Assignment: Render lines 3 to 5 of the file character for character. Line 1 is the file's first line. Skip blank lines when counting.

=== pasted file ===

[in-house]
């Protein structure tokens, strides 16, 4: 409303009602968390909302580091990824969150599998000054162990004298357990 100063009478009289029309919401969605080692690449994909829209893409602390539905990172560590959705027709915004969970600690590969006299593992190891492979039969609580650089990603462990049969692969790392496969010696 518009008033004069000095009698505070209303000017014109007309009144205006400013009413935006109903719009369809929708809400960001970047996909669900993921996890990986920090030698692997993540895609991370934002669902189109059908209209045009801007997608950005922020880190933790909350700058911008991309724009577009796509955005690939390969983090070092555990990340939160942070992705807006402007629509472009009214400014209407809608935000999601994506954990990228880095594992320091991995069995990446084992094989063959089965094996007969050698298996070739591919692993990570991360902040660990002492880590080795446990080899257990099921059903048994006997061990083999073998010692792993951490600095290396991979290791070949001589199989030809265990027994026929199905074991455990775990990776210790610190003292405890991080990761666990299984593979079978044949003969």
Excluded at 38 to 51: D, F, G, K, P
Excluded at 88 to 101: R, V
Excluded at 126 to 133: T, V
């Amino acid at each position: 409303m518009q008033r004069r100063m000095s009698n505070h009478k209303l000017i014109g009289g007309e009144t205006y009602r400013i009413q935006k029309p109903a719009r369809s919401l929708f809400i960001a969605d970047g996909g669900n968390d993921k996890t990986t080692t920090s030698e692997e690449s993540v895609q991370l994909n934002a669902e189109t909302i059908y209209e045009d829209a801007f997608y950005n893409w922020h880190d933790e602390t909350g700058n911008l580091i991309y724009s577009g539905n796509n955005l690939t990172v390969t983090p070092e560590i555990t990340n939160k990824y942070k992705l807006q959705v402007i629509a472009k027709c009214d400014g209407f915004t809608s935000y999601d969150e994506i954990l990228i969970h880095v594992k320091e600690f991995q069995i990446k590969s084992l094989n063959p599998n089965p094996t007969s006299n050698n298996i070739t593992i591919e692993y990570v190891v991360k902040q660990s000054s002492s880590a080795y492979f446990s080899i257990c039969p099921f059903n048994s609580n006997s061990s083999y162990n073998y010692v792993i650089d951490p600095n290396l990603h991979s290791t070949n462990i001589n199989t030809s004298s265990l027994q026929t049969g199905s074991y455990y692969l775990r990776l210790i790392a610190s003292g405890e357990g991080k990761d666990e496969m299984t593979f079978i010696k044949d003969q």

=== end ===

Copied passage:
Excluded at 38 to 51: D, F, G, K, P
Excluded at 88 to 101: R, V
Excluded at 126 to 133: T, V